Orthodox Judaism in America: A Biographical Dictionary and Sourcebook
Greenwood Publishing Group, 1996 - Biography & Autobiography - 291 pages
The last in a series of three volumes edited by Marc Lee Raphael surveying some of the major rabbinic and lay personalities who have shaped Judaism in America for the past two centuries, this work focuses on Orthodox Judaism. Along with a basic description of the achievements of some of the most notable leaders, a bibliography of their writings and sources for further study is included as well as an essay on Orthodox rabbinic organizations and a survey of American Orthodox periodicals. Of interest to scholars, students, and lay persons alike, this volume will inform readers about the earliest communities of Jews who settled in America as they developed the institutions of Orthodox Jewish life and set a public standard of compliance with Jewish law.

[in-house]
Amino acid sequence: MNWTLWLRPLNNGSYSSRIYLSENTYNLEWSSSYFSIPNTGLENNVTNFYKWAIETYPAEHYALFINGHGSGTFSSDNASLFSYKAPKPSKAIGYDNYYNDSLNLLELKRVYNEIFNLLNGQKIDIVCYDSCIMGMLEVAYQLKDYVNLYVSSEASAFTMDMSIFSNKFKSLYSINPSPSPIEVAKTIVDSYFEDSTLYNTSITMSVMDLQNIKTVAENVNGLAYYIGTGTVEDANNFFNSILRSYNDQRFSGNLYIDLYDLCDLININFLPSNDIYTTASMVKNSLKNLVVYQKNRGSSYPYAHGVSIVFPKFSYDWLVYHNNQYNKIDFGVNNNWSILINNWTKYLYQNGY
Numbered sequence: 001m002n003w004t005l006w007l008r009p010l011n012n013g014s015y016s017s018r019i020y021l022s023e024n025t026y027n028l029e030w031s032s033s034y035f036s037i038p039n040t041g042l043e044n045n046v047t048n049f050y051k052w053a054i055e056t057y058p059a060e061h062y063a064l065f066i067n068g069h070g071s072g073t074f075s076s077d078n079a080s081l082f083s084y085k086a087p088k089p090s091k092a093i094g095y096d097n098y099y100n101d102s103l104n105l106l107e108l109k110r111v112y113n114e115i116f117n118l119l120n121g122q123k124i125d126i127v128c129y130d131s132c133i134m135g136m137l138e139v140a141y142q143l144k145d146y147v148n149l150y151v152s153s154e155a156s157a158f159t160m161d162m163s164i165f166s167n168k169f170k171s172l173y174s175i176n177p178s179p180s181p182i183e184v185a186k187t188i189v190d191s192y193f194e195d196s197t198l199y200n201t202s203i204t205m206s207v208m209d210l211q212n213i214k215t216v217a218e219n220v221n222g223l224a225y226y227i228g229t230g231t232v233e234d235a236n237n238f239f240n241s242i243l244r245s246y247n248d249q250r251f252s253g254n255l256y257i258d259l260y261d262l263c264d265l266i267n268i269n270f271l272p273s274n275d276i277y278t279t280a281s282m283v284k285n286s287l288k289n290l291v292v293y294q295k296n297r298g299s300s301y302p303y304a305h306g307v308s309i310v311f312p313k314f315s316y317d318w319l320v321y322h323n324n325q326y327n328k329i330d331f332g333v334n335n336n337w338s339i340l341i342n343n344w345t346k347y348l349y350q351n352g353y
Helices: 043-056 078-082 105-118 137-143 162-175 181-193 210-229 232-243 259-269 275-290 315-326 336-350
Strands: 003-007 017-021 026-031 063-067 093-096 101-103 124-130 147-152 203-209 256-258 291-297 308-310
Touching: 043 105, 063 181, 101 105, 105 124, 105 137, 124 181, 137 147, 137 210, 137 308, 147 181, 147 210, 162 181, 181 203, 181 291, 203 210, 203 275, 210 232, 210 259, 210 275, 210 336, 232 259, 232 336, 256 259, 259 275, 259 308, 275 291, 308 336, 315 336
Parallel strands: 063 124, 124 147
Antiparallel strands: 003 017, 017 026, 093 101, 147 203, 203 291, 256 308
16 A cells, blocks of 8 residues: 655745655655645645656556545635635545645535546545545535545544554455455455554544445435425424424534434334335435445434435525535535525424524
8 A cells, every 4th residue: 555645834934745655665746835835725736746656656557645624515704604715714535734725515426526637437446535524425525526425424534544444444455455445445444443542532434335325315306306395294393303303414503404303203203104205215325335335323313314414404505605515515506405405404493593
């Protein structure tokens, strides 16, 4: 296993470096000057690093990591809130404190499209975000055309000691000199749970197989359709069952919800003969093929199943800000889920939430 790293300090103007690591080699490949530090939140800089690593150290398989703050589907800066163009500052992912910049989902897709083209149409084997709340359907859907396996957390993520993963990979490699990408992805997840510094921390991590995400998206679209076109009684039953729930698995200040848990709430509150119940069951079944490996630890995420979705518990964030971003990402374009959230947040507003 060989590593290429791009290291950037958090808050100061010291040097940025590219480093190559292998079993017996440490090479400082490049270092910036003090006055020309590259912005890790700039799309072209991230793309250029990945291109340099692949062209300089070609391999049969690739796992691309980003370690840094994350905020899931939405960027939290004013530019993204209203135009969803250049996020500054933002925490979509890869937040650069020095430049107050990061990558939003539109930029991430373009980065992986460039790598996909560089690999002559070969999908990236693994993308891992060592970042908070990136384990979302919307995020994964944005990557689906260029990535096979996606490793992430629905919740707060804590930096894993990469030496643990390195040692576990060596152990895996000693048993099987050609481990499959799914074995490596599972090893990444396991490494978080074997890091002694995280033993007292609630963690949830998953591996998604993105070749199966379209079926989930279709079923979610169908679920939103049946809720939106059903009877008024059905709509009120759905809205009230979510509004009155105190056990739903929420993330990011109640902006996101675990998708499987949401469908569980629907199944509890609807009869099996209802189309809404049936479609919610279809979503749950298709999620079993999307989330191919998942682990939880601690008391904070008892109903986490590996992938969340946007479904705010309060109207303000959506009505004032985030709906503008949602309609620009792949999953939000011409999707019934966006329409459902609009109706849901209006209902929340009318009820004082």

These early American Jews followed a Spanish-Dutch version of Sephardic customs and rites. Their synagogues used traditional prayer books, promoted the celebration of Jewish holidays, established mikvahs, acquired Passover provisions, and arranged for cemetery land and burial services. While many of these Sephardic immigrants did not maintain halakha in their daily regimen as did their European counterparts, they set a public standard of compliance with Jewish law, thus honoring Jewish tradition. Further immigration of thousands of Jews from Western and Central Europe in the middle of the 19th century brought a world of traditional piety and extensive Jewish learning to America, exemplified by Rabbi Abraham Rice, who served in Baltimore, and Yissachar Dov (Bernard) Illowy, who served communities from Philadelphia to New Orleans. Such men marked the beginning of a learned and scholarly rabbinate in America. This volume provides valuable biographical insights regarding some of the most notable religious leaders in American Orthodoxy.